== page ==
A few years ago I was at a conference in Minneapolis on the supremacy of Christ. The following video takes some of the audio from one of the most powerful messages I have ever heard and incorporates corresponding images with the content of the message. The video is 10 minutes long, but I think it will be one of the best 10 minutes you have spent on the internet in a long time. It may even be the best 10 minutes of your day. Enjoy!

Sunday, October 14, 2007

More Thoughts on Spiritual Depression...

A couple of days ago I posted an extended quote from "Spiritual Depression" by Martyn Lloyd-Jones. However, after posting the quote I realized that it could come across as a quick-fix for spiritual depression. That is not the point of Lloyd-Jones book or my post. Lloyd-Jones was a trained medical doctor before he became, perhaps, one of the most powerful preachers of the western world in the 20th century. His understanding into the human body and emotional processes is astounding. This is one of the things that makes his book so extremely helpful. When he looks at Psalm 42 he recognizes that the feeling of despondency is a common human experience that even the writers of Scripture were not immune to. Because Lloyd-Jones is such a realist with regards to the human experience he is able to take the good news of what God has done for us in Jesus Christ and apply it to the human heart in specific ways. He does not offer a quick fix, a home remedy, or seven easy steps to being happy. Instead he peels back the human experience layer by layer like that of an onion and seeks to massage the truth of God's word into the areas of the human heart that need revitalization.

Friday, October 12, 2007

Mark Driscoll Quote...

Regardless of how you feel about Mark Driscoll the following quote is just plain funny:

"This has been a packed week with some interesting potential fodder for the pajama blogger jihadists who make declarations about how the world should be from the comfy confines of their mom’s house."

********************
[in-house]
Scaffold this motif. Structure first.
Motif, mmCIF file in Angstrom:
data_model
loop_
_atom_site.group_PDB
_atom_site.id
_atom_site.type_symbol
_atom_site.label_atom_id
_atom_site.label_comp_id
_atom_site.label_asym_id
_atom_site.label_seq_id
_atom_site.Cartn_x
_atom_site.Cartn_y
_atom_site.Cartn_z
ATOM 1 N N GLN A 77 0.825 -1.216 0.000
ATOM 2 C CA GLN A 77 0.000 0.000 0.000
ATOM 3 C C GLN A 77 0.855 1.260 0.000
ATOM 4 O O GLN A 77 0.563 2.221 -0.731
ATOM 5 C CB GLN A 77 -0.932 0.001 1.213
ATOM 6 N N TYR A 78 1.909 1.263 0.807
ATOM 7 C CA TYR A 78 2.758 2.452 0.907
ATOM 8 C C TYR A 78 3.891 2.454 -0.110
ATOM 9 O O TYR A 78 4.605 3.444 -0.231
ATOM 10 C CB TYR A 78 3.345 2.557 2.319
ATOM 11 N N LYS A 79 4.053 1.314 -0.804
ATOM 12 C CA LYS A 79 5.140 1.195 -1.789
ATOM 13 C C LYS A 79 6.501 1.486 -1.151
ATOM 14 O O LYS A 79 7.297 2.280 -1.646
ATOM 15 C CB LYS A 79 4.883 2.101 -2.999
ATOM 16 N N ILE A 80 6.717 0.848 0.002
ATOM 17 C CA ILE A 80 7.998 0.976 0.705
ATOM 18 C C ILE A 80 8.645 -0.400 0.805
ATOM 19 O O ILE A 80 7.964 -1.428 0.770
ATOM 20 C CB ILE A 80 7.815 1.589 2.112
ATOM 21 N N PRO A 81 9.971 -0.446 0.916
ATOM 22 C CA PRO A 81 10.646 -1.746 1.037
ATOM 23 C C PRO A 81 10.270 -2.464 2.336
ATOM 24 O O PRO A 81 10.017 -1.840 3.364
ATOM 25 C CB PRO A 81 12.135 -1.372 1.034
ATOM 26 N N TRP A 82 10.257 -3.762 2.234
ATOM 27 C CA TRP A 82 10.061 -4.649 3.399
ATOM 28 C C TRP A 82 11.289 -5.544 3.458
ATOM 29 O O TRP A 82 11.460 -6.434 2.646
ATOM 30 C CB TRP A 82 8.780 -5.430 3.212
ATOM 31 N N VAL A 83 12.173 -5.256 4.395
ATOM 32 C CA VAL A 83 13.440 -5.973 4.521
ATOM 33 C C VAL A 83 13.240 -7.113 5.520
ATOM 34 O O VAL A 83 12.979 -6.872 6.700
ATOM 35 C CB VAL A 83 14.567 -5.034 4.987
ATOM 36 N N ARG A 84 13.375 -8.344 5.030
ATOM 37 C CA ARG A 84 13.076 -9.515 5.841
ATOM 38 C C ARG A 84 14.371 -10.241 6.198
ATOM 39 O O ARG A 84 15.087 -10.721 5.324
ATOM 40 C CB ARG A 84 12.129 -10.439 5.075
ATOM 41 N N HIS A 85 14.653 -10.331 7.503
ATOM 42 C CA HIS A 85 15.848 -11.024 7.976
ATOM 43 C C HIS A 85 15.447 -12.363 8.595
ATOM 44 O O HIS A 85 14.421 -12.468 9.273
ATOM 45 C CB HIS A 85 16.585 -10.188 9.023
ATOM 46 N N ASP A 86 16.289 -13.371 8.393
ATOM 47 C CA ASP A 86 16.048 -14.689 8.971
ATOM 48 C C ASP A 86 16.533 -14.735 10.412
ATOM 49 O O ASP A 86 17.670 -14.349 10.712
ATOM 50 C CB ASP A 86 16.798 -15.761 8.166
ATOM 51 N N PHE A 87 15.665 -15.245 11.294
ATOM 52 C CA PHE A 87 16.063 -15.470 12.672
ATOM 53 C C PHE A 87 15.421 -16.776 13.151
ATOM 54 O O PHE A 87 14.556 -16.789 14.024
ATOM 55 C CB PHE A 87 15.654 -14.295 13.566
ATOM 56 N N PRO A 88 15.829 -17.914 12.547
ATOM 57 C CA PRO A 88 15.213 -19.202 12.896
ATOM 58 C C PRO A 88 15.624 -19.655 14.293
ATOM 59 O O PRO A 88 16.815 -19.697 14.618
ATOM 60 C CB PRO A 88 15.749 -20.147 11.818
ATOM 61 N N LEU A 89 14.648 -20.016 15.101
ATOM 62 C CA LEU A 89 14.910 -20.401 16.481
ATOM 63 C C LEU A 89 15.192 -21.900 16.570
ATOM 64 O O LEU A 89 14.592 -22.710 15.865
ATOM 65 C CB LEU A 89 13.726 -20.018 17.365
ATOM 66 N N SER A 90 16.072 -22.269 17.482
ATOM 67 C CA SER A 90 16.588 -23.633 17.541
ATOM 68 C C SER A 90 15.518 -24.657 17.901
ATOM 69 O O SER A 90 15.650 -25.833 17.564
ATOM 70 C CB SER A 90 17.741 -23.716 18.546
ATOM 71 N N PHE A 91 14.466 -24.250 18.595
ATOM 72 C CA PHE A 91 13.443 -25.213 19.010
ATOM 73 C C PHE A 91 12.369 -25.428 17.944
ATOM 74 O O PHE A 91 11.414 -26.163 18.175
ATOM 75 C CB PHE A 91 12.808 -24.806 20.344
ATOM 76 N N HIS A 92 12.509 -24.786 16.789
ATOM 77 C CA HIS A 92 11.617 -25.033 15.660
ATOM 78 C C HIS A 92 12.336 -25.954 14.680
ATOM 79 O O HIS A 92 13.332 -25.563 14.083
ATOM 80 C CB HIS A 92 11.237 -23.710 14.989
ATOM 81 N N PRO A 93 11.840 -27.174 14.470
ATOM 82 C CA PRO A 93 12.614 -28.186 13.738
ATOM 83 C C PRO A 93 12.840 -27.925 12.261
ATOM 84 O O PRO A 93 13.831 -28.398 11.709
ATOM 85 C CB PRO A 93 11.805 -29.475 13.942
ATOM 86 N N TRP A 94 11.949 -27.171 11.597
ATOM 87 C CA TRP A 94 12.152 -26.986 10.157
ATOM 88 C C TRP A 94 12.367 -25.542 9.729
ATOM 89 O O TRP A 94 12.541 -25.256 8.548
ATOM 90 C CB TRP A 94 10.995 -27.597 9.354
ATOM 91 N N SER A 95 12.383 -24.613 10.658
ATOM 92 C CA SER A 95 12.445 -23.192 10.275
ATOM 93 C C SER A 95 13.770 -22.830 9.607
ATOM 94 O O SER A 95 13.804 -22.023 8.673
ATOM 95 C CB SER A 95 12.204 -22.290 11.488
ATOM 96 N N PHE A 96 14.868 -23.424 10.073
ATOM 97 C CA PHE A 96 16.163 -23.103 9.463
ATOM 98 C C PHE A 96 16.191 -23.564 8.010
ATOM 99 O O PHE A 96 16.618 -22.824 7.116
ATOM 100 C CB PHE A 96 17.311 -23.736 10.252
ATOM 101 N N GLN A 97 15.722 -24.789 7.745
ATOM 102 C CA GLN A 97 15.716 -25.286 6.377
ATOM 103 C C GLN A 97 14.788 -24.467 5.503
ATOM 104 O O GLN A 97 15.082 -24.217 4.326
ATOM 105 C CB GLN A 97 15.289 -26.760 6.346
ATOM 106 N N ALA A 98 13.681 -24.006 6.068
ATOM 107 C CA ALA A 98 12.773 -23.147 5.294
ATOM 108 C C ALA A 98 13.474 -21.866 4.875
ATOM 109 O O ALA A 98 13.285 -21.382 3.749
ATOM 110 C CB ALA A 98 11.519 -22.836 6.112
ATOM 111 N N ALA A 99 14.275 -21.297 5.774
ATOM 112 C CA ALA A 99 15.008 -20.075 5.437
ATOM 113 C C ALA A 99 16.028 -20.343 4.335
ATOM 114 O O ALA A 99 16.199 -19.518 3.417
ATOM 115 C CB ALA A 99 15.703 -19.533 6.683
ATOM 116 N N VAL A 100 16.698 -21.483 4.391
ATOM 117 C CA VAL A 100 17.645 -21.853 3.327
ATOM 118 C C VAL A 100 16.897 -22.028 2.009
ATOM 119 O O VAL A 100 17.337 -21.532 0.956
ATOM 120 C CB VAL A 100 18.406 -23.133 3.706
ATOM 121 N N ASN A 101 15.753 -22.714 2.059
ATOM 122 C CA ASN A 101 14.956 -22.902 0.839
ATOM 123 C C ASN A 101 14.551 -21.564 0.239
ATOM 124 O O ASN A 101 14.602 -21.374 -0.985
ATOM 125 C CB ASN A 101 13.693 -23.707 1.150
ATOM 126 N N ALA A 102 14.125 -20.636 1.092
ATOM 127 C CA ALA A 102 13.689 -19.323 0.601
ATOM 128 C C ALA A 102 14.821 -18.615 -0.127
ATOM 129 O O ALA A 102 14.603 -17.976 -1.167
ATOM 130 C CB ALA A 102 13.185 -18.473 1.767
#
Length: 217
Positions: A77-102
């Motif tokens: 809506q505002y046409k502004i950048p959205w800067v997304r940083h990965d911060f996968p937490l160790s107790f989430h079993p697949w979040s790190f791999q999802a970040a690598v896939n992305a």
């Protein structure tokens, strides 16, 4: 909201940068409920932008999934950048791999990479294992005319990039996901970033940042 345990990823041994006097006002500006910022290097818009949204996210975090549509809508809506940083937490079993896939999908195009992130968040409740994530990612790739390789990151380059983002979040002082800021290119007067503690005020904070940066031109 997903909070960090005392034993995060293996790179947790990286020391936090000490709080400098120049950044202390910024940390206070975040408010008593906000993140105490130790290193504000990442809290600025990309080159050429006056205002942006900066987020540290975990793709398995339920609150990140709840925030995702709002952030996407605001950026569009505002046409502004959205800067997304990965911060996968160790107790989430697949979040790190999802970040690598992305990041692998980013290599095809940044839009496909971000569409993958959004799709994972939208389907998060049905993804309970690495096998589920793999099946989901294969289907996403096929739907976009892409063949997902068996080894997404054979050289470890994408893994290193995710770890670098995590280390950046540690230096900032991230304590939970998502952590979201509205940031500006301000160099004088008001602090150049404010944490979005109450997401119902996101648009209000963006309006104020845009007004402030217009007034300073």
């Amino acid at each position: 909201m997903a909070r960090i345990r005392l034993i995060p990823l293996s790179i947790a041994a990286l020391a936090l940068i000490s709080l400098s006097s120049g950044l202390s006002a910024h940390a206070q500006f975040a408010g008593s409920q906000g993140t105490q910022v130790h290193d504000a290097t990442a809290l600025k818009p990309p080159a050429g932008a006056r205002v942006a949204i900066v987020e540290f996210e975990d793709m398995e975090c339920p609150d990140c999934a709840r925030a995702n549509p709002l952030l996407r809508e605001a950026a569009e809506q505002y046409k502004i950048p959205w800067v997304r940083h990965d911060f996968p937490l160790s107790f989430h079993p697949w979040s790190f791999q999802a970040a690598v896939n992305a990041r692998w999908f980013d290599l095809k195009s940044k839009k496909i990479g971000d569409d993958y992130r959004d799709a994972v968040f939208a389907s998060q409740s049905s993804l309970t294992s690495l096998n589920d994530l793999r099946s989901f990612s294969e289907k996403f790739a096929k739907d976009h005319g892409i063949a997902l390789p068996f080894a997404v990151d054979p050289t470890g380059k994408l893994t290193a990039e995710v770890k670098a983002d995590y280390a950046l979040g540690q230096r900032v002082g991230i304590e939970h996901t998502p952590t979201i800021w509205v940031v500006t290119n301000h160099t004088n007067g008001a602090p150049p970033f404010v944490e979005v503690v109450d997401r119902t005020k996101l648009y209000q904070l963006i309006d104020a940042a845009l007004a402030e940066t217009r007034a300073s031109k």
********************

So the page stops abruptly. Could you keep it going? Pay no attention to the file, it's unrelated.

--Mark Driscoll

(HT: Josh Ayres)

Tuesday, October 9, 2007

Spiritual Depression

Do you ever wake up and feel depressed? Do you ever feel discouraged by the thoughts running through your mind? In his book Spiritual Depression Martyn Lloyd-Jones offers the following helpful advice for those struggling with depression:

The main trouble in this whole matter of spiritual depression in a sense is this, that we allow our self to talk to us instead of talking to our self. Am I just trying to be deliberately paradoxical? Far from it. This is the very essence of wisdom in this matter. Have you realized that most of your unhappiness in life is due to the fact that you are listening to yourself instead of talking to yourself? Take those thoughts that come to you the moment you wake up in the morning. You have not originated them, but they start talking to you, they bring back the problem of yesterday, etc. Somebody is talking. Who is talking to you? Your self is talking to you. Now this man's treatment [in Psalm 42] was this; instead of allowing this self to talk to him, he starts talking to himself, 'Why art thou cast down, O my soul?' he asks. His soul had been repressing him, crushing him. So he stands up and says: 'Self, listen for a moment, I will speak to you'. Do you know what I mean? If you do not, you have but little experience.

The main art in the matter of spiritual living is to know how to handle yourself. You have to take yourself in hand, you have to address yourself, preach to yourself, question yourself. You must say to your soul: 'Why art thou cast down'--what business have you to be disquieted? You must turn on yourself, upbraid yourself, condemn yourself, exhort yourself, and say to yourself: 'Hope thou in God'--instead of muttering in this depressed, unhappy way. And then you must go on to remind yourself of God, Who God is, and what God is and what God has done, and what God has pledged Himself to do. Then having done that, end on this great note: defy yourself, and defy other people, and defy the devil and the whole world, and say with this man: 'I shall yet praise Him for the help of His countenance, who is also the health of my countenance and my God'.